In Japan, it is the opposite. The use of shugyo, cultivation of the mind and personality is done with the body because the body and mind are one. And because they are one, training the body means to train emotional and feeling states of awareness, shin, gi, tar. Feeling awareness, technique and the body. In the deepest sense, the oneness of body-mind is also felt as learning through the body alone, but this is body inseparable from mind.
The kyudo master Kenzo Awa, who taught Eugen Herrigel, the author of Zen in the Art of Archery, taught 'the technique of no technique'. By expressing it in a paradoxical way, he pointed up that there is no technique by mind only, or body only.
It is technique expressed by the body-mind, as opposed to the usual understanding that technique is learnt under the guidance of the conceptual mind. Bodily realization (taitoku) uses the whole body and not just the brain. In nature, animals that learn behaviour from their parents do so through observation rather than explanation; and because they are animals, this observational learning is intuitive and learnt through the body-mind. This is also possible for humans, once the obstacle of conceptualization is set aside.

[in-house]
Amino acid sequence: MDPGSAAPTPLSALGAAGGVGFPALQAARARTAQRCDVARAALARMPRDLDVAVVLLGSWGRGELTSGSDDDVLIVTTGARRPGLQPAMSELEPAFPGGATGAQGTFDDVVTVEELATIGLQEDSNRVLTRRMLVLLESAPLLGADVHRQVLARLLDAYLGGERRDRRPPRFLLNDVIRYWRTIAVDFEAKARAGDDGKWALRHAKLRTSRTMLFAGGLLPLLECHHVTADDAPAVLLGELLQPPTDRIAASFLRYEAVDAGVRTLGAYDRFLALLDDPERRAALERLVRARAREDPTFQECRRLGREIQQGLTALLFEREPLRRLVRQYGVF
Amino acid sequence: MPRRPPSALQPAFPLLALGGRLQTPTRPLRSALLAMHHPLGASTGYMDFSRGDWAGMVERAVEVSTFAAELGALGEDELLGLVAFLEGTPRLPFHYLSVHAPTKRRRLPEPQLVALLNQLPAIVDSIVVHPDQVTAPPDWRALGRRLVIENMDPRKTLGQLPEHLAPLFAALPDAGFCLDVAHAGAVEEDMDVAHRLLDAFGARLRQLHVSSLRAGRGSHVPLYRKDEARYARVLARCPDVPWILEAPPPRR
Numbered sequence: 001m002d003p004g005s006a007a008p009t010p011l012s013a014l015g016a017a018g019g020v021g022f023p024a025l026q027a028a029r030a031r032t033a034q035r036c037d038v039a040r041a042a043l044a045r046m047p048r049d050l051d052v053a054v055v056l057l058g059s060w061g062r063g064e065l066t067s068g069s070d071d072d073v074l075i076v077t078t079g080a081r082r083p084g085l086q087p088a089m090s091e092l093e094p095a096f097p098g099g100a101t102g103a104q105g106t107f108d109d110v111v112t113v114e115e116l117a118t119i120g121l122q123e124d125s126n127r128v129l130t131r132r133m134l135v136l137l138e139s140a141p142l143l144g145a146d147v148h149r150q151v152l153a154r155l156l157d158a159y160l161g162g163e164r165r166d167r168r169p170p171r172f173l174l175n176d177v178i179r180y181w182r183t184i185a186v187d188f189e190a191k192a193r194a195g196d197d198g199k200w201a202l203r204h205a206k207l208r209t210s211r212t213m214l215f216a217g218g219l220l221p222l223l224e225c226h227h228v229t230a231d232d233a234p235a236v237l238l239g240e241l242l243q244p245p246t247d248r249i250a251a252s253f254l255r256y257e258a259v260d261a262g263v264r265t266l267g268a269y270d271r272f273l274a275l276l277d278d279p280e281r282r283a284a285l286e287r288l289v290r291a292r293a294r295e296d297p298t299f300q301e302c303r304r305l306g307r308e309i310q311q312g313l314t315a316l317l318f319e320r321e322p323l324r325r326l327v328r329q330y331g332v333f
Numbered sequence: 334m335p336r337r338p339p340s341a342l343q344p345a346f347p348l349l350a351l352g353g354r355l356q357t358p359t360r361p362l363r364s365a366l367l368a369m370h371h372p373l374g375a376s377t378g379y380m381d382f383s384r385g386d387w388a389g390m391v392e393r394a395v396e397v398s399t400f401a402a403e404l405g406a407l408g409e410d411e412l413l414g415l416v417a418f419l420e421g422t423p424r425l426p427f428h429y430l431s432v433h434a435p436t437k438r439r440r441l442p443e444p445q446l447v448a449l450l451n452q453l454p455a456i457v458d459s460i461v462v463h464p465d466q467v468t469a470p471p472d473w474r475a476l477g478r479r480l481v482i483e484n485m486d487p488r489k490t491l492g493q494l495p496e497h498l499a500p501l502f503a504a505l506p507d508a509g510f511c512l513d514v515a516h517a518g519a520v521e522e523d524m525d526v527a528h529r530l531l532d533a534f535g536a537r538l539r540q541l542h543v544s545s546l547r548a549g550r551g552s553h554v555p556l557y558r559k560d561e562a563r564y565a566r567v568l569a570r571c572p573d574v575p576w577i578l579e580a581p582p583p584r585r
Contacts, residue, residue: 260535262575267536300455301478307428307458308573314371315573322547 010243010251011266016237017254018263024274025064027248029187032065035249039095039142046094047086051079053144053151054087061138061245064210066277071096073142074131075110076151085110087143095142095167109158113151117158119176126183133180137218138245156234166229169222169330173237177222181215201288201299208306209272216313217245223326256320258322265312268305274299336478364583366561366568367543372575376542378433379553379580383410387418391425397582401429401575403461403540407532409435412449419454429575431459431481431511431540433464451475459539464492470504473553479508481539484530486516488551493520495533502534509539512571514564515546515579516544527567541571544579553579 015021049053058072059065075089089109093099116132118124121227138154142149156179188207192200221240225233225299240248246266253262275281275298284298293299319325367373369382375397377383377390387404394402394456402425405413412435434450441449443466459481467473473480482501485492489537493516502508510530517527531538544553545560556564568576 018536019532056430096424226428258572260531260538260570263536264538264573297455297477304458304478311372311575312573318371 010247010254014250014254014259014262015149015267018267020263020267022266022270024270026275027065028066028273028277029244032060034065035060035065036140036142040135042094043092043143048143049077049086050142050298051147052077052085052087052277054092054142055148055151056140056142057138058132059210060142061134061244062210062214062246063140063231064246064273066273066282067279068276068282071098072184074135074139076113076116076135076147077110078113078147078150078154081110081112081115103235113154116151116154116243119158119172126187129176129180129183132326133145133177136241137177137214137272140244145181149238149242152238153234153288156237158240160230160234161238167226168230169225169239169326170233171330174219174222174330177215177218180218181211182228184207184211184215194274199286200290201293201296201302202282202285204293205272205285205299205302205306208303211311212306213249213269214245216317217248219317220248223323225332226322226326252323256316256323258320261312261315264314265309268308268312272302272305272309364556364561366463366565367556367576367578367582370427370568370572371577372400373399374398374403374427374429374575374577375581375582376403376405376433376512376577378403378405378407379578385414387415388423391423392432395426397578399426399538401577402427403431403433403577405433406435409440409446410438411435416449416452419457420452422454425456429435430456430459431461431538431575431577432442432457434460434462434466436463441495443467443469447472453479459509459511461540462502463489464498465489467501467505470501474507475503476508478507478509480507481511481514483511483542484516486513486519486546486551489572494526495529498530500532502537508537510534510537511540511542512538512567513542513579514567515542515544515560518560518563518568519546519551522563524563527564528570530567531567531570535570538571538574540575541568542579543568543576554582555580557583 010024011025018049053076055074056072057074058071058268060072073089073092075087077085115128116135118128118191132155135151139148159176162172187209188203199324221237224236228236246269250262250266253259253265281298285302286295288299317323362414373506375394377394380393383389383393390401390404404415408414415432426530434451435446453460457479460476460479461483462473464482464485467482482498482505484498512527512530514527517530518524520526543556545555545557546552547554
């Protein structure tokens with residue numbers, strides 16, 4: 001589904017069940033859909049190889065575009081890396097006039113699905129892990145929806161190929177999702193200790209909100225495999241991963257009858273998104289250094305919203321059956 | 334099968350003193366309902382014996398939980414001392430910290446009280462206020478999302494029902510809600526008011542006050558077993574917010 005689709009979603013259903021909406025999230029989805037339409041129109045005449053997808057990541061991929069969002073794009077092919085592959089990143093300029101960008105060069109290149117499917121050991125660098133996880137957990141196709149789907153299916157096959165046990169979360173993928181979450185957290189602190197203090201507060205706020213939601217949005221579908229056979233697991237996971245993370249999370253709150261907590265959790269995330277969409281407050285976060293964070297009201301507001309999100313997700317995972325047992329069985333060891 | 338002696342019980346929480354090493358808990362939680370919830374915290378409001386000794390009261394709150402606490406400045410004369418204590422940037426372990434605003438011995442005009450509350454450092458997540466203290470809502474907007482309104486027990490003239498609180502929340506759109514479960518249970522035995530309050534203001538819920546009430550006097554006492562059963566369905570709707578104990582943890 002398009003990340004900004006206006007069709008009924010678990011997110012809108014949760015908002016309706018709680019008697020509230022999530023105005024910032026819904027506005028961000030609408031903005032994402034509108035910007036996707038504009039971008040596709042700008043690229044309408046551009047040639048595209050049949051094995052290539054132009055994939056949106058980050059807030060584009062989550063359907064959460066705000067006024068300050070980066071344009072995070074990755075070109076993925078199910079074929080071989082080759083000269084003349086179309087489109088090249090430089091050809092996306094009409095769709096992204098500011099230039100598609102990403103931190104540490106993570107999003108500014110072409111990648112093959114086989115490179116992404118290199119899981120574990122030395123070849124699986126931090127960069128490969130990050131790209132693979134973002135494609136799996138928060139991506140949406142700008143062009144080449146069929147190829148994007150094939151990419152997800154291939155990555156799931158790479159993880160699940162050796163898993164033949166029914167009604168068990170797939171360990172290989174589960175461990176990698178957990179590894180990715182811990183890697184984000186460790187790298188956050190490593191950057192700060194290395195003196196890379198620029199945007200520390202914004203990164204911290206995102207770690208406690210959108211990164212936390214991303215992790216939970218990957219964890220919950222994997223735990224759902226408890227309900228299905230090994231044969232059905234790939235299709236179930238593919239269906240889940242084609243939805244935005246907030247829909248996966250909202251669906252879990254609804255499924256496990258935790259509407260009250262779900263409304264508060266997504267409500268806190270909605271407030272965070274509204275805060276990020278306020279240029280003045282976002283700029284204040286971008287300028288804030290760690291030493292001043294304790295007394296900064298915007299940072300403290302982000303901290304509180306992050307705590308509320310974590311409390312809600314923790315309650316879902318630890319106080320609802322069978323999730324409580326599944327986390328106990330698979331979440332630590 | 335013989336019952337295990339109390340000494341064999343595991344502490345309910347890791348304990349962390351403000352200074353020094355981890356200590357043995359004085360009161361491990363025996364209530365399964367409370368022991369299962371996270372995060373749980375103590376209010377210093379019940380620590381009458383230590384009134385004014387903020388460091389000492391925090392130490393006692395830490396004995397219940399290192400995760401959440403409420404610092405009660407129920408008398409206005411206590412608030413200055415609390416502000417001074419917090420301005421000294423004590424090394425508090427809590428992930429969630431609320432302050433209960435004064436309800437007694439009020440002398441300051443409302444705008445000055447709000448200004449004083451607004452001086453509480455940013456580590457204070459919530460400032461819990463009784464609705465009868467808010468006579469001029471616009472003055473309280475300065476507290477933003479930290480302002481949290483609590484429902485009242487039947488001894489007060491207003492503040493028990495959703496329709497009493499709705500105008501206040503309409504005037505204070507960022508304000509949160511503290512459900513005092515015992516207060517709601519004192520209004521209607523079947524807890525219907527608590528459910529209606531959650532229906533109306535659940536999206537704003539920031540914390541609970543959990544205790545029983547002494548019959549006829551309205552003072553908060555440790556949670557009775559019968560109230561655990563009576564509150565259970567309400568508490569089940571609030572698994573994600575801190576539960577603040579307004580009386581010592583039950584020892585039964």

Michi is part of this setting aside of the conceptual mind. The training is to face the psychological and emotional reactions and their source and to look into this and discover the reality of what we are.
This of course brings us to personality and its transcendence. The sense of identity and the awareness of a distinct personality are soon discovered to be transient and only relevant conditions of the mind. In traditional Japanese budo (martial arts) disciplines as well as other art forms, the condition of mushin is desired. Mushin is the transcendence of the conceptual mind. It is awareness or consciousness without thinking or emotions. Thinking and emotions come from and enforce the separate self sense and divide the body and mind. So the practitioner of michi (self-cultivation) is faced with the reality that the cherished personality is not our natural personality.
I was deeply impressed by Zen Master Soko Morinaga Roshi, who mentioned that he did not see the individual personalities of the audience he was speaking to. He saw their Buddha personality, that is their natural and universal Energy rather than the individual expression of each character. Budo practices and art forms have at their core the spiritual purpose of michi rather than the achievement and perfection of the practice. You do not do kyudo to just hit the target or make Japanese tea to just perfect the ritual. The development of practice is not possible without the development of spiritual training. This training is through removal of the unnecessary, taking away the obstacles and delusions of what we think we are and allowing our 'Buddha personality' to be expressed.